With the abolition of Greek lessons in schools and the only voluntary option to attend Latin lessons during school time, the current school system - not only in Germany, but worldwide - is gradually eliminating awareness of the origins and the linguistic-historical subtleties of the language and its language specific phonetics. This makes it all the more important that philologists work to deal with forgotten writings and references to the history of the German language. It is precisely not only scientific technical terms that were artificially borrowed from the Greek language, but above all natural developments in the history of language that have shaped the German language and in which Greek played a decisive role. Not just simple, everyday words such as “I”, “from” and a number of numerals are included. The history of the Greek language can be found in a large number of German expressions, just like their Indo-European predecessors can be found in the history of the Greek language. The fact that the German language, as it is often claimed, is more suitable for poetry than any other, because it is so onomatopoeic, can be refuted by an endless number of etymological examples - such as “tear”, “sound”, “rub “,“ Bite ”,“ yawn ”,“ babble ”,“ stab ”, everything was just stolen.

Etymological considerations and evidence are therefore not boring philological nitpicking, but rather testify to the interdependence of different cultures and histories. If you take a really critical look at modern European languages, such as German, the word “foreign word” becomes superfluous in the broadest sense - every word comes from a different language, a different world or a different cultural context than we know it today. That doesn't mean that you can see the patriotic dogma of the Greek father in the film My Big Fat Greek Wedding must take over and should shout out loud “Everything comes from the Greek!” at every opportunity. However, it actually applies to a lot. But of course Greek also has its origins, as all languages ​​are interwoven here and there, sometimes very obvious, sometimes unfathomable. Lessing's notebook makes such thinking about language palatable again, because many of the similarities that he sees are surprising. While trying to follow him in his phonetic associations, one gets lost in the details of two languages ​​and is almost sad when Lessing no longer provides any further examples.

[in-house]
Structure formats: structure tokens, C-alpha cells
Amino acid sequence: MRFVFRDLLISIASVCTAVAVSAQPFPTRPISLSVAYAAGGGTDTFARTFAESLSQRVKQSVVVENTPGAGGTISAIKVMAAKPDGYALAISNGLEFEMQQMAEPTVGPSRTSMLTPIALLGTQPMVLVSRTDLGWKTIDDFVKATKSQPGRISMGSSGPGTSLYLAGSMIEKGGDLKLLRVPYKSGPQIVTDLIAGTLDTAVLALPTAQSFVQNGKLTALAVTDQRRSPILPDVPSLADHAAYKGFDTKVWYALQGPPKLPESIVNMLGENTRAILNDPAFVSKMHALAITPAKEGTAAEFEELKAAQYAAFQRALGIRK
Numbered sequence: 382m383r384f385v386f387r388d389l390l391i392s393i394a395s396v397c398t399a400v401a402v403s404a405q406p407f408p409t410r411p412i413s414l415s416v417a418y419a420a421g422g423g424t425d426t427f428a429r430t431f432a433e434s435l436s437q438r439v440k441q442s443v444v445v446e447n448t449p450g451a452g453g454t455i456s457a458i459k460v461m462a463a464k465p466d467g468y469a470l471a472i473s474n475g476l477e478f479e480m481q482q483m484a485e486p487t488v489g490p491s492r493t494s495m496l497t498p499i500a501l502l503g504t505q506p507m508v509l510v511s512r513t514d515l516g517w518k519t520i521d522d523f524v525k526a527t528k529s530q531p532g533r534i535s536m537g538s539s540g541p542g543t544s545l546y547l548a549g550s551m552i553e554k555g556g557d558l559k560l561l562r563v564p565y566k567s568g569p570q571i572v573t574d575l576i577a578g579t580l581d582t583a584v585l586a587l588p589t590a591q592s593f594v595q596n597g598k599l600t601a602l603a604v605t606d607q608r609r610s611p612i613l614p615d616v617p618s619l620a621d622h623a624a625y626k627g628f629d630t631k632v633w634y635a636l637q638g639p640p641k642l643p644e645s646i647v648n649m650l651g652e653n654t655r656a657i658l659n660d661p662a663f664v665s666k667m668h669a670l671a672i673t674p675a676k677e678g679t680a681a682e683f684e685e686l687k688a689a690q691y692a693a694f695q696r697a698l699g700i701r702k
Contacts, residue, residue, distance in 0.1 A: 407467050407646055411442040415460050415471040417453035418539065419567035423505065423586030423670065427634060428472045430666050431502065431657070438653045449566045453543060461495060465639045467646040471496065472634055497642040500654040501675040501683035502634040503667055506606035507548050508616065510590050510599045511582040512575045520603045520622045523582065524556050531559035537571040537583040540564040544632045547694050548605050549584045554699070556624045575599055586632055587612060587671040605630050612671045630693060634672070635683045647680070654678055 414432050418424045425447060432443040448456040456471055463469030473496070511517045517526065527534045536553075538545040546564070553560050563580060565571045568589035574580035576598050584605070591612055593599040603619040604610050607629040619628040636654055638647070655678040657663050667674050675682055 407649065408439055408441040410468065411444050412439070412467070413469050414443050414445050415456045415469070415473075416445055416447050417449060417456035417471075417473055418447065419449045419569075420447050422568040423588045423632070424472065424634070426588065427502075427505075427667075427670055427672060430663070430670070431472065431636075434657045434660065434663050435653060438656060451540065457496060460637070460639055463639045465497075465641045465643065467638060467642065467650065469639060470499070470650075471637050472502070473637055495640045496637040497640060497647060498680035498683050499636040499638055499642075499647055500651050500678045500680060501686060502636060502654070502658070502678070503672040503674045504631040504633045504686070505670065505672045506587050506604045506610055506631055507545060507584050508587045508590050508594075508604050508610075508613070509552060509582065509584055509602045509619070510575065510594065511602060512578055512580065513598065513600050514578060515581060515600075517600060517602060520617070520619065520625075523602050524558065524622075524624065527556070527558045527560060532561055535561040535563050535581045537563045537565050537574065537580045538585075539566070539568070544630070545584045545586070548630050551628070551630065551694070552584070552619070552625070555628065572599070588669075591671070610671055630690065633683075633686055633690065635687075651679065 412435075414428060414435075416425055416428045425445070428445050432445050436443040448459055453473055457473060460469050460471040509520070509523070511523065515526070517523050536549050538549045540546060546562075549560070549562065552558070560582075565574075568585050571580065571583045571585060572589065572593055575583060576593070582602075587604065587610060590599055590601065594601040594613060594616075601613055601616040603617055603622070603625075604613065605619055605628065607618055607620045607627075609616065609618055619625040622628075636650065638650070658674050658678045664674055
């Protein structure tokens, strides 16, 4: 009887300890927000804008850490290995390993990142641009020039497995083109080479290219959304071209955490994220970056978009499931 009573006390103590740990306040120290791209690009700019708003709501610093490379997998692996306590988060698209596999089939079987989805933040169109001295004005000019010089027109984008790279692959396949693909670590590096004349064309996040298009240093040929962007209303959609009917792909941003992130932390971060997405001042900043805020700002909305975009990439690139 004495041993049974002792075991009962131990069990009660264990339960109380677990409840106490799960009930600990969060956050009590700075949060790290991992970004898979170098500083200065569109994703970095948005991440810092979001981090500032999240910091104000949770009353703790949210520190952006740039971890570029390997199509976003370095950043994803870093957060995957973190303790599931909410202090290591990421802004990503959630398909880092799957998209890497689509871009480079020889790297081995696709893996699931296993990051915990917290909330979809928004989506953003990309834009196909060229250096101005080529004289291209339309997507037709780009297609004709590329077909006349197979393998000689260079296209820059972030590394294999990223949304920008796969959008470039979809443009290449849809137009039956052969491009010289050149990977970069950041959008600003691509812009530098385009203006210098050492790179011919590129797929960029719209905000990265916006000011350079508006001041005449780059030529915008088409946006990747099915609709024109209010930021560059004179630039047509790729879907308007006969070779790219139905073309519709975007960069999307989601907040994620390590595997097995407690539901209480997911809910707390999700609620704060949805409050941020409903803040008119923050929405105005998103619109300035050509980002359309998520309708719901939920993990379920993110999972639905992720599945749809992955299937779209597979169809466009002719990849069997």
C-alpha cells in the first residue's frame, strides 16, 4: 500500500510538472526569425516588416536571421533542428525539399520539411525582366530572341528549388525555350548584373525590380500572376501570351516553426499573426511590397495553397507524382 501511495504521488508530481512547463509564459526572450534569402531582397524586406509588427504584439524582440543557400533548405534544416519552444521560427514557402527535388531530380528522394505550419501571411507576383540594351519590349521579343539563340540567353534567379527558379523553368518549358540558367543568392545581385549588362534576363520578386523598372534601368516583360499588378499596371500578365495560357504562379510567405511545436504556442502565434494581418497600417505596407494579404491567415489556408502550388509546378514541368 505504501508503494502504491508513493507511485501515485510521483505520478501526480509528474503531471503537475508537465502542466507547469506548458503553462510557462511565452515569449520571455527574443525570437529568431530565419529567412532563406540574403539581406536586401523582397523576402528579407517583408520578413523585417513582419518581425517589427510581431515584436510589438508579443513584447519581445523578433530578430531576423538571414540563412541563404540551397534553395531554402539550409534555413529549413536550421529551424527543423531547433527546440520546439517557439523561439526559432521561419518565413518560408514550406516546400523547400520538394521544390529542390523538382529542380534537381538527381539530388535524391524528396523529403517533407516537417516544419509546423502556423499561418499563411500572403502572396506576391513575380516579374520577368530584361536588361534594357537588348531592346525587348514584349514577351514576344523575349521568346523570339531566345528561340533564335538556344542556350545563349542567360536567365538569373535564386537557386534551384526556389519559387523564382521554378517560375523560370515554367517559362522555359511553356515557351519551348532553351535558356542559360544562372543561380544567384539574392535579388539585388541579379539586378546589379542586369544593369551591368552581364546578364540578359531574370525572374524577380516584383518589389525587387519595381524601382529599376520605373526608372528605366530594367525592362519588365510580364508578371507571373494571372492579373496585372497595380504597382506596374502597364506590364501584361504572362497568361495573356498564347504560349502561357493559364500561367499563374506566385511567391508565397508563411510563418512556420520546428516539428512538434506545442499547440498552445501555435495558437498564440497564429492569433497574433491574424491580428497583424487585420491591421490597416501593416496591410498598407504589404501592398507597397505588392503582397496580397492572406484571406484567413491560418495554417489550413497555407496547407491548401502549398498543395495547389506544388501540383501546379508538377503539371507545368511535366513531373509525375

Lessing's notes are neither to be interpreted as a reference work - they are too sparse for that and the examples too arbitrary - nor as a systematic etymological overview of the history of German language. The editors also highlight errors or peculiarities in Lessing's statements and assumptions and offer the reader essential information about peculiarities of his linguistic reflection, which may seem strange to today's reader and non-philologist. Lessing tries nothing less than to bridge the “gap between cultures that Winckelmann has levered” with his search for similarities. Work and ethos flow into one another, his “word brooding”, as he himself ironically called it, was ultimately a search for truth - which Jutta Weber and Mark-Georg Dehrmann now find their valuable explanation with an appendix that is at least as exciting and philologically well-founded . In addition, one gains an illuminating insight into the work of the philologists and into the possible considerations that have to be made if one wants to understand the etymology of a word in a meaningful way. However, it remains to be feared that the book will only fall into the hands of philologists anyway. That would be a shame at a time when an entire continent is less and less aware of its - not just linguistic - origins.